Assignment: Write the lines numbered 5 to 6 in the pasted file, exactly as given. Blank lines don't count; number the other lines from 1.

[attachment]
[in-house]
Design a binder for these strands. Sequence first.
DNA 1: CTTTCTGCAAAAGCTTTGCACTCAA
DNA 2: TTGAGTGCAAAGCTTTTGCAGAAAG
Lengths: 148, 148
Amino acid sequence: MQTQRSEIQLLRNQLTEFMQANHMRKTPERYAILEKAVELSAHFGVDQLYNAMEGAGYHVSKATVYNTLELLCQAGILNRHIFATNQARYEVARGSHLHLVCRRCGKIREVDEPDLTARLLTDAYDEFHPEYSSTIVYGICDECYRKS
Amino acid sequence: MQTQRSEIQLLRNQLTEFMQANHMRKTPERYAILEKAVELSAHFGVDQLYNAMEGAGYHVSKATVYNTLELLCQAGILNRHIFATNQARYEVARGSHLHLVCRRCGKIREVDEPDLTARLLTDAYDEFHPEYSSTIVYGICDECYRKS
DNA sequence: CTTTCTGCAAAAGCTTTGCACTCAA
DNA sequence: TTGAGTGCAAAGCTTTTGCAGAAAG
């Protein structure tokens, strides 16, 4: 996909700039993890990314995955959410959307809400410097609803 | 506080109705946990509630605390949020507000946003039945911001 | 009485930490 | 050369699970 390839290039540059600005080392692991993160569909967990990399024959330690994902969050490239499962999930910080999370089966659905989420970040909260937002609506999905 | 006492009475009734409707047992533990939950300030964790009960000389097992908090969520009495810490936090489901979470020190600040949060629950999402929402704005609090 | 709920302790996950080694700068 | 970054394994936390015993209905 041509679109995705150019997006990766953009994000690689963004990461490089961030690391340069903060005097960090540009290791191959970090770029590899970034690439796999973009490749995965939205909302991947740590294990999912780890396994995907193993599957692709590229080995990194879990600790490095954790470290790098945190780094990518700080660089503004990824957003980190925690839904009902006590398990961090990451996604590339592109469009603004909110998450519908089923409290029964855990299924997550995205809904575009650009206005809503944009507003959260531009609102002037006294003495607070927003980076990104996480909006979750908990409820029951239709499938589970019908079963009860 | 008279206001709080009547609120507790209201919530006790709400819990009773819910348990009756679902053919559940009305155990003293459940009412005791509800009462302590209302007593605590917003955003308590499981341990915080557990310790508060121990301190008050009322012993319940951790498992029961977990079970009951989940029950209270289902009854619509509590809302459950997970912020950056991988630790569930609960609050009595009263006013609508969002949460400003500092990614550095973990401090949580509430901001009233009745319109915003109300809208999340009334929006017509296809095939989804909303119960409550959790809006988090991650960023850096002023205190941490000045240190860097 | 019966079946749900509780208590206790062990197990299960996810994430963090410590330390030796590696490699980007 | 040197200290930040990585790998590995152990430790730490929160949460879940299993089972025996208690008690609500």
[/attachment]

Lengths: 148, 148
Amino acid sequence: MQTQRSEIQLLRNQLTEFMQANHMRKTPERYAILEKAVELSAHFGVDQLYNAMEGAGYHVSKATVYNTLELLCQAGILNRHIFATNQARYEVARGSHLHLVCRRCGKIREVDEPDLTARLLTDAYDEFHPEYSSTIVYGICDECYRKS